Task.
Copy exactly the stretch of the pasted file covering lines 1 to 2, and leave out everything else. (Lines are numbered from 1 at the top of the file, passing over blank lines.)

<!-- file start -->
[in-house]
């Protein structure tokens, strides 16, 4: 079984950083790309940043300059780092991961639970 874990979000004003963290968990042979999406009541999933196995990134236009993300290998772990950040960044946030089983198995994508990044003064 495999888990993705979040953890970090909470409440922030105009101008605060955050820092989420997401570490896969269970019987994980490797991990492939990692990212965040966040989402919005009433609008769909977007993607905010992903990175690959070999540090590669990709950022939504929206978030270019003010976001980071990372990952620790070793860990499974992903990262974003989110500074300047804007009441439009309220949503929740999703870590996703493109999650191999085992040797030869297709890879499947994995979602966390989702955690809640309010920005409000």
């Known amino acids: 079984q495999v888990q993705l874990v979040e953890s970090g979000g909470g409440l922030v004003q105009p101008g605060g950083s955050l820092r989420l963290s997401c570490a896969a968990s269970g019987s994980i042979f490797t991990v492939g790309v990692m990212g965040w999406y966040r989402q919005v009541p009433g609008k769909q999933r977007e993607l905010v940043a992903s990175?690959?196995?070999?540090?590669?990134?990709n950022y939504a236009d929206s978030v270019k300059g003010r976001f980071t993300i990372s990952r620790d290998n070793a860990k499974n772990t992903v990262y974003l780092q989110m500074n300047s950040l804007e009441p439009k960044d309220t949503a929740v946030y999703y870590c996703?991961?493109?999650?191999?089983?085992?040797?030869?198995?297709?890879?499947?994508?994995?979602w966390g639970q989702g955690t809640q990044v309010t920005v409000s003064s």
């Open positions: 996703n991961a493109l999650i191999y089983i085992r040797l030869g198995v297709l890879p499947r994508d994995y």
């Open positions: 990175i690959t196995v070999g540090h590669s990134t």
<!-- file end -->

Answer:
[in-house]
């Protein structure tokens, strides 16, 4: 079984950083790309940043300059780092991961639970 874990979000004003963290968990042979999406009541999933196995990134236009993300290998772990950040960044946030089983198995994508990044003064 495999888990993705979040953890970090909470409440922030105009101008605060955050820092989420997401570490896969269970019987994980490797991990492939990692990212965040966040989402919005009433609008769909977007993607905010992903990175690959070999540090590669990709950022939504929206978030270019003010976001980071990372990952620790070793860990499974992903990262974003989110500074300047804007009441439009309220949503929740999703870590996703493109999650191999085992040797030869297709890879499947994995979602966390989702955690809640309010920005409000």